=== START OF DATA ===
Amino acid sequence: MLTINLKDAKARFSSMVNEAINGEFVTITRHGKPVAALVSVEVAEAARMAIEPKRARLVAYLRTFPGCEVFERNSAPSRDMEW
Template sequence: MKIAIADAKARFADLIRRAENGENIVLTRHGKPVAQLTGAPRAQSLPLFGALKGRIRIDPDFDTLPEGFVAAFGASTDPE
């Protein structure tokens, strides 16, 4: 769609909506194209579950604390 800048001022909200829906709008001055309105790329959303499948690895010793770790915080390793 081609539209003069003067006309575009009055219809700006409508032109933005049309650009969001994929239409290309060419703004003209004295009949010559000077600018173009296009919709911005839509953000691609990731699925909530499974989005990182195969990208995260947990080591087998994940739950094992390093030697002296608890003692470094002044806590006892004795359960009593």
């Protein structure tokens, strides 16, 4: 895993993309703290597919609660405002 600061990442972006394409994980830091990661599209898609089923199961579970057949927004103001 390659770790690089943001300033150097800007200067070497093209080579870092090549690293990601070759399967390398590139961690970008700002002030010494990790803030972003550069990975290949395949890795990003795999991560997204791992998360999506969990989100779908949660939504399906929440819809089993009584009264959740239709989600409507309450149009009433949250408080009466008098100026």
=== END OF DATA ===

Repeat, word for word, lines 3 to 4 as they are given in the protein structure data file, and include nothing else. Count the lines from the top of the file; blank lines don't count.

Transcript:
């Protein structure tokens, strides 16, 4: 769609909506194209579950604390 800048001022909200829906709008001055309105790329959303499948690895010793770790915080390793 081609539209003069003067006309575009009055219809700006409508032109933005049309650009969001994929239409290309060419703004003209004295009949010559000077600018173009296009919709911005839509953000691609990731699925909530499974989005990182195969990208995260947990080591087998994940739950094992390093030697002296608890003692470094002044806590006892004795359960009593």
């Protein structure tokens, strides 16, 4: 895993993309703290597919609660405002 600061990442972006394409994980830091990661599209898609089923199961579970057949927004103001 390659770790690089943001300033150097800007200067070497093209080579870092090549690293990601070759399967390398590139961690970008700002002030010494990790803030972003550069990975290949395949890795990003795999991560997204791992998360999506969990989100779908949660939504399906929440819809089993009584009264959740239709989600409507309450149009009433949250408080009466008098100026």